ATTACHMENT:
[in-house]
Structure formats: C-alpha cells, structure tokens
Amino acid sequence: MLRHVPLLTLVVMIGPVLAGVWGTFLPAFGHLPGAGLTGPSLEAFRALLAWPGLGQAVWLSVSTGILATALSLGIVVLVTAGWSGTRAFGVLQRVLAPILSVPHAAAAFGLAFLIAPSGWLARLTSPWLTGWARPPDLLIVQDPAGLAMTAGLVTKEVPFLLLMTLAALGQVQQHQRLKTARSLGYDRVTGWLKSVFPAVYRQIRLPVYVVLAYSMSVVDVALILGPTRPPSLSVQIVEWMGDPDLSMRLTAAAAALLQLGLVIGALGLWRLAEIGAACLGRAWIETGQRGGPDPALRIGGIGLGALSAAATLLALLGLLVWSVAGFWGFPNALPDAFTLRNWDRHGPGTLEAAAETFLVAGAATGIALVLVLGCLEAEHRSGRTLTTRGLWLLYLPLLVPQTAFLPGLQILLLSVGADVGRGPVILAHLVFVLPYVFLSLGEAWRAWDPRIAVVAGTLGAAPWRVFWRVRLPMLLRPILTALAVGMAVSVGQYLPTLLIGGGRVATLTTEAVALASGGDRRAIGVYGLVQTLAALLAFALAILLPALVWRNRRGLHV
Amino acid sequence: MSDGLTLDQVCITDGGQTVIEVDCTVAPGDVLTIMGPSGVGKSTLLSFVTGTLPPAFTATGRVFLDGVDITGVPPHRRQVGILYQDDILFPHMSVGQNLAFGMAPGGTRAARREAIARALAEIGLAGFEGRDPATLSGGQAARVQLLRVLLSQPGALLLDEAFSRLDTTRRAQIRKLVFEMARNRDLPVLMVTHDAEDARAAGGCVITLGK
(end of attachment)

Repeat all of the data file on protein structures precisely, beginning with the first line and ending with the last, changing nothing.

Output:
[in-house]
Structure formats: C-alpha cells, structure tokens
Amino acid sequence: MLRHVPLLTLVVMIGPVLAGVWGTFLPAFGHLPGAGLTGPSLEAFRALLAWPGLGQAVWLSVSTGILATALSLGIVVLVTAGWSGTRAFGVLQRVLAPILSVPHAAAAFGLAFLIAPSGWLARLTSPWLTGWARPPDLLIVQDPAGLAMTAGLVTKEVPFLLLMTLAALGQVQQHQRLKTARSLGYDRVTGWLKSVFPAVYRQIRLPVYVVLAYSMSVVDVALILGPTRPPSLSVQIVEWMGDPDLSMRLTAAAAALLQLGLVIGALGLWRLAEIGAACLGRAWIETGQRGGPDPALRIGGIGLGALSAAATLLALLGLLVWSVAGFWGFPNALPDAFTLRNWDRHGPGTLEAAAETFLVAGAATGIALVLVLGCLEAEHRSGRTLTTRGLWLLYLPLLVPQTAFLPGLQILLLSVGADVGRGPVILAHLVFVLPYVFLSLGEAWRAWDPRIAVVAGTLGAAPWRVFWRVRLPMLLRPILTALAVGMAVSVGQYLPTLLIGGGRVATLTTEAVALASGGDRRAIGVYGLVQTLAALLAFALAILLPALVWRNRRGLHV
Amino acid sequence: MSDGLTLDQVCITDGGQTVIEVDCTVAPGDVLTIMGPSGVGKSTLLSFVTGTLPPAFTATGRVFLDGVDITGVPPHRRQVGILYQDDILFPHMSVGQNLAFGMAPGGTRAARREAIARALAEIGLAGFEGRDPATLSGGQAARVQLLRVLLSQPGALLLDEAFSRLDTTRRAQIRKLVFEMARNRDLPVLMVTHDAEDARAAGGCVITLGK